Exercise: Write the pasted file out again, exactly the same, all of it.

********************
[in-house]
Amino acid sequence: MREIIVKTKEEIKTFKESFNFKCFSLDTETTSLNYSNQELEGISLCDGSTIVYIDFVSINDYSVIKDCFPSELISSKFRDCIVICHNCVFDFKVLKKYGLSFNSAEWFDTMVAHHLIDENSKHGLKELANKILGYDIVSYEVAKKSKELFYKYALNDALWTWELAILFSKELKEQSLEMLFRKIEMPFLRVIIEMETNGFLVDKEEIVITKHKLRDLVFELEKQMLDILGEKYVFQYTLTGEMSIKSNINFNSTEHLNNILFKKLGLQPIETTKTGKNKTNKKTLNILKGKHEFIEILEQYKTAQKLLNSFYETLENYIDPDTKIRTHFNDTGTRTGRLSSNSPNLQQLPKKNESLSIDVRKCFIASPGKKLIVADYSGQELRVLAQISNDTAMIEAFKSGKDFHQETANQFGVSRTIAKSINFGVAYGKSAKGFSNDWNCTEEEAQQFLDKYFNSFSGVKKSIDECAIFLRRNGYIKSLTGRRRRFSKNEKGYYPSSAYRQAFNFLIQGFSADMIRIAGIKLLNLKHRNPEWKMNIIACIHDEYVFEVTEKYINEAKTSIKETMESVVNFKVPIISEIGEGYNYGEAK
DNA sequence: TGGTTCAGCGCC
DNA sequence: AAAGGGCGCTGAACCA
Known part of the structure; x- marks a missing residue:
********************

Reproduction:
[in-house]
Amino acid sequence: MREIIVKTKEEIKTFKESFNFKCFSLDTETTSLNYSNQELEGISLCDGSTIVYIDFVSINDYSVIKDCFPSELISSKFRDCIVICHNCVFDFKVLKKYGLSFNSAEWFDTMVAHHLIDENSKHGLKELANKILGYDIVSYEVAKKSKELFYKYALNDALWTWELAILFSKELKEQSLEMLFRKIEMPFLRVIIEMETNGFLVDKEEIVITKHKLRDLVFELEKQMLDILGEKYVFQYTLTGEMSIKSNINFNSTEHLNNILFKKLGLQPIETTKTGKNKTNKKTLNILKGKHEFIEILEQYKTAQKLLNSFYETLENYIDPDTKIRTHFNDTGTRTGRLSSNSPNLQQLPKKNESLSIDVRKCFIASPGKKLIVADYSGQELRVLAQISNDTAMIEAFKSGKDFHQETANQFGVSRTIAKSINFGVAYGKSAKGFSNDWNCTEEEAQQFLDKYFNSFSGVKKSIDECAIFLRRNGYIKSLTGRRRRFSKNEKGYYPSSAYRQAFNFLIQGFSADMIRIAGIKLLNLKHRNPEWKMNIIACIHDEYVFEVTEKYINEAKTSIKETMESVVNFKVPIISEIGEGYNYGEAK
DNA sequence: TGGTTCAGCGCC
DNA sequence: AAAGGGCGCTGAACCA
Known part of the structure; x- marks a missing residue: